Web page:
How to Offer Your Members Experiences Fitness Apps Can't

Commercial Fitness

How to Offer Your Members Experiences Fitness Apps Can't

How people consume fitness has changed dramatically in recent years.

From videos and streaming services to fitness apps and wearables, people have numerous ways to get fit outside of the gym. These changing dynamics in the fitness landscape will significantly impact your business and what you’re trying to accomplish within the industry, but there are steps you can take to stay ahead.

The following is a summarization of an education session from the 2015 IHRSA Convention, produced with full permission from IHRSA. The full-length video is available for purchase at ihrsastore.com.

About the Speaker

Bill McBride is the President and CEO of Active Sports Club & BMC3. He has more than 25 years of experience in the health and fitness industry. He has served as Chairman of the International Health, Racquet and Sportsclub Association (IHRSA), and has served on the Industry Advisory Board for the American Council on Exercise (ACE). He is a recognized author and speaker within the health and fitness industry.

The Changing Landscape

How do you make these changes work for you? Take a look at the current state of your business and define your core. The core of your business should be clear and specific, while allowing for dynamic business strategies. It is important to identify your target audience and the kind of community you are trying to serve. This significantly simplifies your marketing campaigns and retention strategies, making your business more successful overall.

Pinpoint the exact space that your facility seeks to fill; not every fitness club has the same goals or target market. Chasing an old business model because it has worked in the past is a common trap. Technology has created new ways of consuming content, so sticking to an old model can be detrimental to your business. Success requires you to be unique and forward thinking. Spending more money is not a business strategy, but spending money on the right things for your business is fundamental to growth and survival.

Passionate individuals who help people achieve their goals and improve their health drive the fitness industry. Helping people equals selling more memberships, so if you're able to positively impact your community, you're guaranteed to make good profits.

The Threat of Substitution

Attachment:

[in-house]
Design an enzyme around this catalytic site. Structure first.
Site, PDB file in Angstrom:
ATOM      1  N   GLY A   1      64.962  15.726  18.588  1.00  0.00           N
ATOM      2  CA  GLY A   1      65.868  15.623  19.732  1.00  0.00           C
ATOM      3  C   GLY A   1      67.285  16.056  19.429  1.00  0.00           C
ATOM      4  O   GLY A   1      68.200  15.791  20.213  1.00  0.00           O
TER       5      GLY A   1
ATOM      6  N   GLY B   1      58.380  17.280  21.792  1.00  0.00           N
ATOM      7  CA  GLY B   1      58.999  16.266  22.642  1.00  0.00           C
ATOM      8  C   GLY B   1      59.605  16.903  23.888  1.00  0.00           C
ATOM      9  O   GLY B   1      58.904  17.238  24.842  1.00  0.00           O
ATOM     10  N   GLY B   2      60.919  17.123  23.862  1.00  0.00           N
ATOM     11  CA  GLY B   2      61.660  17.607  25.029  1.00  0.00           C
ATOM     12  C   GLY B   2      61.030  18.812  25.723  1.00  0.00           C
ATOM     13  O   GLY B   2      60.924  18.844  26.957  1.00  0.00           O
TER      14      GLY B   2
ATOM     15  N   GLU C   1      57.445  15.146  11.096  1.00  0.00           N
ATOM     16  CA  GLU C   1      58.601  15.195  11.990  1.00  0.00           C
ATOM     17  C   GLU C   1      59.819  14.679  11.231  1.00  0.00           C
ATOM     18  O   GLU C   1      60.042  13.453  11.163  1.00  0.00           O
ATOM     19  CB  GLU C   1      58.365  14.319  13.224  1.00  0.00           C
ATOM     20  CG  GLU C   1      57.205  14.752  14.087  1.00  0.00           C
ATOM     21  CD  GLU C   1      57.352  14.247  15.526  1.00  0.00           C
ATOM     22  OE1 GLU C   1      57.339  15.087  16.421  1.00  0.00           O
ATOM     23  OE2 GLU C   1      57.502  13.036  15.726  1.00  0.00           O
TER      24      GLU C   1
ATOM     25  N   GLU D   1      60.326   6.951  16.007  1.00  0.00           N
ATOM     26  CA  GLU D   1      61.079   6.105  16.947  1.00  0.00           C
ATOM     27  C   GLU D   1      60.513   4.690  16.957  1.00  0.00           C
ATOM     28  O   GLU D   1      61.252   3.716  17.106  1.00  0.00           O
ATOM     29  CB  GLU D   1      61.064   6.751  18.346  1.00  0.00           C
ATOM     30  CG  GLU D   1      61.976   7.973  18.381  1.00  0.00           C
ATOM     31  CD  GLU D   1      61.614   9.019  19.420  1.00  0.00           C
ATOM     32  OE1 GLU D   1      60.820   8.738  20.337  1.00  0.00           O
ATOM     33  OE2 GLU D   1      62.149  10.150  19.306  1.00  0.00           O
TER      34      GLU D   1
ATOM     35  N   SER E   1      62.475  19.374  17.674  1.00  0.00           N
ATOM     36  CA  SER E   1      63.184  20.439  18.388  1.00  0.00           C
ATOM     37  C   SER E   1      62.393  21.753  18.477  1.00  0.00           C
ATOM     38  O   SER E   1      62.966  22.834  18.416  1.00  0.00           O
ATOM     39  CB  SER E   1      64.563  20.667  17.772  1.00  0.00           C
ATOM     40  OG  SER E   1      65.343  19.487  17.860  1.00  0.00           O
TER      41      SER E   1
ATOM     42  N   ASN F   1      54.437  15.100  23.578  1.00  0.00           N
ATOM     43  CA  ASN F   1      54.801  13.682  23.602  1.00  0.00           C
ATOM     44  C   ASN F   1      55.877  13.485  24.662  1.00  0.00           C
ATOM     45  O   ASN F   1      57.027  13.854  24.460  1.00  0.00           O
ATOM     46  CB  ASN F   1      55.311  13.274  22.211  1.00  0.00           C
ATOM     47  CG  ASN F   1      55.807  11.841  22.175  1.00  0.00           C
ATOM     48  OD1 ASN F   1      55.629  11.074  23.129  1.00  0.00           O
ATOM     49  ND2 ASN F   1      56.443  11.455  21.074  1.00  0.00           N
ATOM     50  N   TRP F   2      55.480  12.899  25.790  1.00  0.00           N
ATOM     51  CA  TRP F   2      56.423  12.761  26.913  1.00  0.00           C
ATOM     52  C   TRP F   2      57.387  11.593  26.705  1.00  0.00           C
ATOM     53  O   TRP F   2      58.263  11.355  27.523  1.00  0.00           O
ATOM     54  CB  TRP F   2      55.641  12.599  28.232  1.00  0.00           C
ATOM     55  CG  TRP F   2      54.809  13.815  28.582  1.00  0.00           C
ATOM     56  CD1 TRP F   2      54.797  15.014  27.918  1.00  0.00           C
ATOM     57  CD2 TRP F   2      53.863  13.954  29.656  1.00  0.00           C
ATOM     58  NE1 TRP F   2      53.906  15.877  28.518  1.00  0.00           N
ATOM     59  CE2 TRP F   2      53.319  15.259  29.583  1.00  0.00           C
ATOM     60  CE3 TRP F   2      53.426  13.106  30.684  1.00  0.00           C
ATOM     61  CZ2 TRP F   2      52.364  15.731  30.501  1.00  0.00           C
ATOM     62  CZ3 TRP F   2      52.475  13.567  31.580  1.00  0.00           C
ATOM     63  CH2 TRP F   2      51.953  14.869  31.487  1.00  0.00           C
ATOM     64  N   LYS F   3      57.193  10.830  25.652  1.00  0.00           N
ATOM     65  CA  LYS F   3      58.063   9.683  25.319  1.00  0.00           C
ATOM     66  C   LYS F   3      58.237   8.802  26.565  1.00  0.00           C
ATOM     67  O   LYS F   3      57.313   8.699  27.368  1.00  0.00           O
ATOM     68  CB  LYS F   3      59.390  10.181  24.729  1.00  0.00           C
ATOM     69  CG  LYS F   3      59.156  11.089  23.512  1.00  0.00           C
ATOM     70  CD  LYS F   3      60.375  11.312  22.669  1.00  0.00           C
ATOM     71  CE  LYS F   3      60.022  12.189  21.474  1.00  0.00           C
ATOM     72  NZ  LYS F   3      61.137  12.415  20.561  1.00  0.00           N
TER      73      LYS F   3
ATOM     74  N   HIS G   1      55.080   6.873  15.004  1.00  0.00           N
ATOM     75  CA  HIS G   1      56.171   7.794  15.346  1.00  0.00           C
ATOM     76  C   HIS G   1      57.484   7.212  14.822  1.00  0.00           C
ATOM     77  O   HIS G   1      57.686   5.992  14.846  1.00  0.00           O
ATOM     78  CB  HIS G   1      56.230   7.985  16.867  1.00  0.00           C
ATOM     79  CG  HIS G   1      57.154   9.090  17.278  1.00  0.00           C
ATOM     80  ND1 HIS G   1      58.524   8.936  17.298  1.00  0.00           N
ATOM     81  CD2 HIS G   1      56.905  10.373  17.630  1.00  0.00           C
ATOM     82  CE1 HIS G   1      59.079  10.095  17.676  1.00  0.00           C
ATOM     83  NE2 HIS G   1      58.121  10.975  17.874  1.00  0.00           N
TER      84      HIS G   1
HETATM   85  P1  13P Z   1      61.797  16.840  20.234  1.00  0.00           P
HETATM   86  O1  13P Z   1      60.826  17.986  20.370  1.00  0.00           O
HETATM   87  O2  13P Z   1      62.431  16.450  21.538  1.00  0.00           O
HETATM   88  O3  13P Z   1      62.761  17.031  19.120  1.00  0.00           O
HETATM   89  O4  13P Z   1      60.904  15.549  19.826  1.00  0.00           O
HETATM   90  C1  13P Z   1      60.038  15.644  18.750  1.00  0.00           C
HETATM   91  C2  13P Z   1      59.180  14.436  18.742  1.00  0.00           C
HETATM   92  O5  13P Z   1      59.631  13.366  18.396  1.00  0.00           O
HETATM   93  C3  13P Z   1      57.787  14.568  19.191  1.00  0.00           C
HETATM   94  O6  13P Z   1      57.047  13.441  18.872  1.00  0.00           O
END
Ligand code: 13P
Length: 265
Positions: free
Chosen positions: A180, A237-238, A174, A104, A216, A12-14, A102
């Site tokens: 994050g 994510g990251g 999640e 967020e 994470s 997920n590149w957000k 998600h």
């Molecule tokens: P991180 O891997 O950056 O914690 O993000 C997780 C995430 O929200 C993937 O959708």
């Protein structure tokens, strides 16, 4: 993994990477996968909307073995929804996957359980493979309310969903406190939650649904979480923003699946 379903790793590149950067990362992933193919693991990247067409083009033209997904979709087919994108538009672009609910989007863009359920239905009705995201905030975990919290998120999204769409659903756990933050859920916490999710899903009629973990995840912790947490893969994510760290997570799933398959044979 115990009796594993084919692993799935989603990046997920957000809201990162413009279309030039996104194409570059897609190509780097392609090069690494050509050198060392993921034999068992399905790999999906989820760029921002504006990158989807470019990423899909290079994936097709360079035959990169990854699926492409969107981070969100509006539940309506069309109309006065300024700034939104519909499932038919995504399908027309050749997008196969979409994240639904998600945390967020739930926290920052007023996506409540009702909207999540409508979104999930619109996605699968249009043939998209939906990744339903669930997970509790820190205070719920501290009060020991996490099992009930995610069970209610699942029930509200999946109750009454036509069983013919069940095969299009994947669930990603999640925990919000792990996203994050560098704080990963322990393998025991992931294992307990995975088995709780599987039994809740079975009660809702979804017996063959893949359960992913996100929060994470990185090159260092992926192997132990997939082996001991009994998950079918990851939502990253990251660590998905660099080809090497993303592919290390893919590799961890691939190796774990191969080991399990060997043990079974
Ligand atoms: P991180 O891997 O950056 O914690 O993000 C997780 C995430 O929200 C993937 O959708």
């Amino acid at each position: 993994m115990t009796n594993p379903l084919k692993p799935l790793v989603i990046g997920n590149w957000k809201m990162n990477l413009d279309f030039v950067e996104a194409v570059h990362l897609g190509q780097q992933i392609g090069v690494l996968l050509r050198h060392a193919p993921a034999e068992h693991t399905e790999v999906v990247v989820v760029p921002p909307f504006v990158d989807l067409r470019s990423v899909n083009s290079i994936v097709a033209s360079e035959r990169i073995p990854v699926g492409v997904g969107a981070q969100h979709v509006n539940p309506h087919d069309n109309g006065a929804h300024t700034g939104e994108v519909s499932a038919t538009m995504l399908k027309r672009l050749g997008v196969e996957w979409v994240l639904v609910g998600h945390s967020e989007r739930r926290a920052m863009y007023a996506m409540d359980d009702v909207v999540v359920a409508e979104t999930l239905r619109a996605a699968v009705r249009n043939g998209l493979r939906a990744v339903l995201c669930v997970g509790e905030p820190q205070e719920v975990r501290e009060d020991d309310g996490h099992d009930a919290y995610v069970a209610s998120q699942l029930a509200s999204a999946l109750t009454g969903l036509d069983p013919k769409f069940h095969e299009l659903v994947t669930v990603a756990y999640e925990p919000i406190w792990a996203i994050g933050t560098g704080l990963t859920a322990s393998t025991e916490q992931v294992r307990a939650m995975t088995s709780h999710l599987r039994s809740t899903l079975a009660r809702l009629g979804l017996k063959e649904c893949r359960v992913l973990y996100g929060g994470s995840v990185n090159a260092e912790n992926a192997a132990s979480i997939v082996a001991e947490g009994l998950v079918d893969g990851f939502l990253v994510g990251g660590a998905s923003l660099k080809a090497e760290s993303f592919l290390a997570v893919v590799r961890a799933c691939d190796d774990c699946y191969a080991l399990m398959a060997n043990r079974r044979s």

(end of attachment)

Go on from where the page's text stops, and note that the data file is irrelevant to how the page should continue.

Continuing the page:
With the ubiquitous nature of technology and the many ways in which it has changed how people exercise, the threat of substitution emerges more frequently. Self-directed virtual training with training apps and videos represent a major threat to fitness facilities.

Other substitutions for visiting the gym include:

  • Public fitness access equipment around trails and other free forums
  • Residential community expansion of services – apartment complexes provide residents with intricate fitness offerings, boutique studios, and other opportunities
  • Medically-based wellness centers
  • Corporate fitness and wellness centers
  • Community fitness centers and nonprofits
  • Parks and recreation

These substitutions are appealing to people because they provide a level of convenience and often come with lower prices than fitness facilities. In order to face this threat of substitutes head on, fitness clubs should develop people-oriented services. Human contact in fitness is important to people, and is something technology cannot readily provide. People want variety and personalization in their experiences beyond what apps can generate. Be sure to offer programs that have multiple touch points for clients so they feel important and connected to their trainers. The broadest appeal to the consumer base is derived from being unique and different. Provide services they cannot obtain elsewhere.

Trends, Fads, or Final?

Within the industry, there are always going to be four modalities that will remain constant. They hit a broader section of the population and can be mixed up and tweaked but remain the same at their core:

  • Mind/Body
  • Dance
  • Cycling/Cardio
  • Functional/Strength

If you keep your programming focused on one or more of these industry modalities, you should avoid the pitfall of fads and be able to sustain your members' interest. Also keep in mind that the need for human contact and affordable quality exercise will not change, so those features should always be present.

Exercisers are always looking for more fun, more wellness, and an emphasis on the importance of nutrition. In the future, you can expect an increased focus on functional training programs, such as boot camps, body weight classes, and strength training, so consider adding these to your programming. If you keep these guidelines in mind and offer an experience that can't be substituted by an app, you should thrive in the changing industry. 

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